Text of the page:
The Times West Virginian

WVU Sports

September 7, 2010

WVU-Marshall rivalry lacking bite

MORGANTOWN — It’s getting so you can’t even have a good, old-fashioned fun rivalry any more.

West Virginia and Marshall play their annual Friends of Coal Bowl game this week, but we’re still waiting for someone to say something inflammatory about the other.

But know, you’d think these guys were going to hold their pre-game meals together while piping in background music like James Taylor singing “You’ve Got a Friend”, or Dionne Warwick singing “That’s What Friends Are For” or Andrew Gold doing his 1978 version of “Thank You For Being a Friend”.

It’s things like this that get Woody Hayes and Bo Schembechler to roll over in their graves.

Listen up to Bill Stewart, the West Virginia coach, when the idea of this being a blood game, a rivalry game, a battle for the supremacy of the hills of West Virginia comes up.

“It’s game 2,” he said. “I don’t get on that emotional roller coaster.”

What? Think back to Ali-Frazier, to Connors-McEnroe, to Louis-Schmeling.

Imagine Ali saying, “That Joe Frazier, he’s one fine fella. You tell him this, that when we get in the ring, I won’t swing and miss. No, no, I’ll give that big teddy bear a kiss.”

Yet, that’s kind of the reaction you got out of Stewart when it was brought up to him that he’ll be going against his former assistant, Doc Holliday.

“We go back. I hate to tell people, but we go back to the early 1970s, so we’ve known each other almost 40 years. I hired him, he was my associate head coach. He did a great job here. He was a confidante for me. We’re close friends. I wish him nothing but the best,” Stewart said.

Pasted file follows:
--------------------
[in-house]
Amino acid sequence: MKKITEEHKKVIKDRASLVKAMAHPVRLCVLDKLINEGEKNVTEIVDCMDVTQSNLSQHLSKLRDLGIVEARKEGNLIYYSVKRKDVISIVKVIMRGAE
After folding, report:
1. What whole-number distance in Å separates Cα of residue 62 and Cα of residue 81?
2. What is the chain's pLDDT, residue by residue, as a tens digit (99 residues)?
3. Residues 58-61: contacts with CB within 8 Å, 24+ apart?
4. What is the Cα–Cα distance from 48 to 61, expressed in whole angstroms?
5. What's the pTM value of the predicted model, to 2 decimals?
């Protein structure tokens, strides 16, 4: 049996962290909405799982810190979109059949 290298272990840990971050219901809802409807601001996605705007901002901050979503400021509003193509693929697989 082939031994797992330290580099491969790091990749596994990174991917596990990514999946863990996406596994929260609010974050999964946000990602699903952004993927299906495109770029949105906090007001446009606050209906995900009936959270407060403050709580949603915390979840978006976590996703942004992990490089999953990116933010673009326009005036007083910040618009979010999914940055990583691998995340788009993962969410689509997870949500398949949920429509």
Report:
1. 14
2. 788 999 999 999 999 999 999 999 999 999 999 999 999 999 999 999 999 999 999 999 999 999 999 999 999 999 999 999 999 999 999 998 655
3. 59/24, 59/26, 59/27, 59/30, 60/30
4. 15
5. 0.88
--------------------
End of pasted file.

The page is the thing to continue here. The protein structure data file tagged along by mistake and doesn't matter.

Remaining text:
Why you almost had to pull this out of him.

“Oh, I want to beat him, I want to beat him to death. That’s the way it’s supposed to be.”

And Holliday? He spoke on the Conference USA call today, not for long, as no media had a question for him, but here’s what he said about going against the team he had just left.

“I have great respect for WVU, but I’m the head coach at Marshall now. My job is to make sure this team is prepared Friday night,” he said.

Take that, WVU. That should get your blood boiling.

If the Hatfields and McCoys had been that hostile, no one would have heard of them.

So why is not a hot rivalry?

In part, it’s not a hot rivalry because it’s not a conference game for either team. Most really heated rivalries are among conference rivals — Ohio State vs. Michigan, Auburn-Alabama, USC-UCLA, North Carolina-Duke.

In part, too, it has been one-sided, WVU having won all nine meetings over the years.

“We have to win this game at some point. For it to be a rivalry we have got to go win that game,” Holliday admitted during his Saturday press conference after having gone out and been devoured by Ohio State, the nation’s No. 2 team.

Without both teams seemingly having a chance to win, the edge has to come off the game.

Then, too, there isn’t really much history, even though the first game was played back in 1915, the series was soon discontinued and has only recently been renewed.

In truth, WVU really doesn’t want to play the game, but were pushed into by political pressure. It has three more renewals under the current contract and doesn’t like the idea of having to go to Marshall to play this non-conference game on the road. They’d much rather go to Colorado or Auburn or LSU, as they have scheduled lately.

Marshall, with everything to gain and nothing really to lose, wants the game. It drew their biggest crowd last year.

“I think it is a great game for both schools,” Holliday said. “Now that the schedules have gone to 12 games it is harder and harder to schedule games. I think this is a game that needs to be played every year. It is great for the state and it is great for the economy.”

Stewart on Sunday was non-committal about whether or not the game should continue.

It was, again, as if he didn’t want to be drawn into anything that might look like a controversy.

“I’ve never gone down that road,” he said. “My Daddy taught me in New Martinsville, West Virginia, to respect all, fear none.”

He expects Marshall to come at his Mountaineers hard and that they will return in kind.

“It’s a very important game,” he said. “We’ll be emotional. I don’t want them to walk out like a bunch of alter boys. We’re not going to mass.”

E-mail Bob Hertzel at

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